It’s Thursday, August 16, and California is setting the emissions bar high (er, low).
Can California kick its carbon habit? The state’s lawmakers are proposing a bill — Senate Bill 100 — that would require the power sector to get all of its energy from renewables by 2045. Hawaii is the only state in the U.S. so far to commit to a 100 percent renewables target. Will the Golden State be next?
California’s electric utilities say hell no! “Utility customers should not have to shoulder the costs of expensive [greenhouse gas] reductions if there are more affordable options in other sectors,” Southern California Edison Corp. stated in a letter to the state assembly.
California is already headed toward a renewable energy future. The state is on course to get a third of its electricity from renewables by 2020, and half by 2030. The proposed bill ups the ante: 60 percent by 2030. The bill suggests hydropower, in addition to wind and solar, as the best way to close the gap. That means California will have to lean on its reservoirs to generate electricity, which is a little worrisome given the state’s drought-y track record.
The fifth largest economy in the world emits a relatively low portion of the world’s carbon — California just got its emissions back down to ’90s levels, which is a lot more than many of the world’s other largest economies can say. The state also needs to ratchet down its transportation emissions and is gearing up for a big fight with the Trump administration in order to set its own automobile mileage standards.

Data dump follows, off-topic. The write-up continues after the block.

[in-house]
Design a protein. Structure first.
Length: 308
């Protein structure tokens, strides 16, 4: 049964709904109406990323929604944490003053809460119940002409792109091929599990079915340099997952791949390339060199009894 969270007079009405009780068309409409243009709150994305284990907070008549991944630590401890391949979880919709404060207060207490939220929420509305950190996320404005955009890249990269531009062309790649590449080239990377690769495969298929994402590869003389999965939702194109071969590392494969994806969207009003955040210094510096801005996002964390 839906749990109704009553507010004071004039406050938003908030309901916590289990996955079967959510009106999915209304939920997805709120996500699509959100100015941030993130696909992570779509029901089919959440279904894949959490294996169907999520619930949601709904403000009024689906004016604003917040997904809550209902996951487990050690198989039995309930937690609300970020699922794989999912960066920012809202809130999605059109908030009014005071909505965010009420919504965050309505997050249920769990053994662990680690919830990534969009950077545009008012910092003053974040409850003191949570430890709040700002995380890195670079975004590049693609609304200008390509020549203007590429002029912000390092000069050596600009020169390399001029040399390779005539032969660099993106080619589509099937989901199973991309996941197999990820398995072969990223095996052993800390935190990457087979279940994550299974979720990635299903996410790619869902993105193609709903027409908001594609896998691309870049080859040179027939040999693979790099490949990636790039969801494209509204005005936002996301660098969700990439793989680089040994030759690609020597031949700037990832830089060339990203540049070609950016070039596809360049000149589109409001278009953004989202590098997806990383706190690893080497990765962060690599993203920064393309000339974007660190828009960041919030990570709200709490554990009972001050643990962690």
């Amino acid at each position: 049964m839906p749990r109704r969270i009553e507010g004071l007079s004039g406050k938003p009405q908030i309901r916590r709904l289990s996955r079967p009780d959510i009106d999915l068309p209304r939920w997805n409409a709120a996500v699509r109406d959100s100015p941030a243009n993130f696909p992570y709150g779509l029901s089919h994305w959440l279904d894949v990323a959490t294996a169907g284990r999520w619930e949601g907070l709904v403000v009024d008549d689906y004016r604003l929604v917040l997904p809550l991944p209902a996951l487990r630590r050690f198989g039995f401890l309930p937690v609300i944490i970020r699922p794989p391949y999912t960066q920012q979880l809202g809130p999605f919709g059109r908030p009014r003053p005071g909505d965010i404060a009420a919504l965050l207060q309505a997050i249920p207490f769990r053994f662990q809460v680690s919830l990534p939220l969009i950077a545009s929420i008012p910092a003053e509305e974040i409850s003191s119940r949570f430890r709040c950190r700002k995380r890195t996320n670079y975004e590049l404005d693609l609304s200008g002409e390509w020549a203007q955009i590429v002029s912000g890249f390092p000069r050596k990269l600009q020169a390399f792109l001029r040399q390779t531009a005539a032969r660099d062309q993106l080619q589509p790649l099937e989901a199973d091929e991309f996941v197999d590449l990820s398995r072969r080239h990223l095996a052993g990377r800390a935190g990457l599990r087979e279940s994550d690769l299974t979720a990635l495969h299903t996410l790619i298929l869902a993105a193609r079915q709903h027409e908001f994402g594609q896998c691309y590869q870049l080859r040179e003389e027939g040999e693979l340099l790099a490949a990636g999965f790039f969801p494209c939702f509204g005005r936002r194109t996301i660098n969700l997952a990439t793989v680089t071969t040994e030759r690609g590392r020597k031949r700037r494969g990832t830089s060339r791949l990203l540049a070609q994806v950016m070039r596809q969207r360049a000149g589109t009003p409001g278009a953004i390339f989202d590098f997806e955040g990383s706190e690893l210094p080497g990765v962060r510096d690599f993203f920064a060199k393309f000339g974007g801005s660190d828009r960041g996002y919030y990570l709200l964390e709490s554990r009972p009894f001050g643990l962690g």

The bill is expected to get voted on by the end of the month. If the world’s fifth-largest economy can do it, so can you! Way to lead by example, Cali.
Any day now, the Trump administration is expected to unveil a proposal to loosen regulations on coal-fired power plants, rolling back one of Obama’s most significant climate policies: the Clean Power Plan. A Politico analysis of a partial draft of the policy found that it would allow states to come up with their own rules for the power plants or even opt out.
Yes, you guessed it: Science is under attack. In a survey of 63,000 scientists at federal agencies, many said politics have gotten in the way of them doing their job. At the EPA, 35 percent of respondents said they had been asked to remove the phrase “climate change” from of their work. The analysis from the Union of Concerned Scientists also cited huge losses in staffing and, not shockingly, record low morale at the EPA.
Climate change is seriously heating up our oceans, spurring more frequent and intense marine heat waves according to a new report in Nature. Between 1982 and 2016, ocean heat wave days doubled. The researchers found that 87 percent of today’s heat waves are thanks to climate change. Looking to the future, they found that with only 2 degrees C of warming, the chances of ocean heat waves would go up by a factor of 23.
smoke on the water
Watch Seattle disappear into a cloud of wildfire smoke in this 16 second video.
Live in the Western United States? How have these smoky days impacted you? The Grist video team wants to hear your story. Record a voice memo on your phone and send it to firstname.lastname@example.org.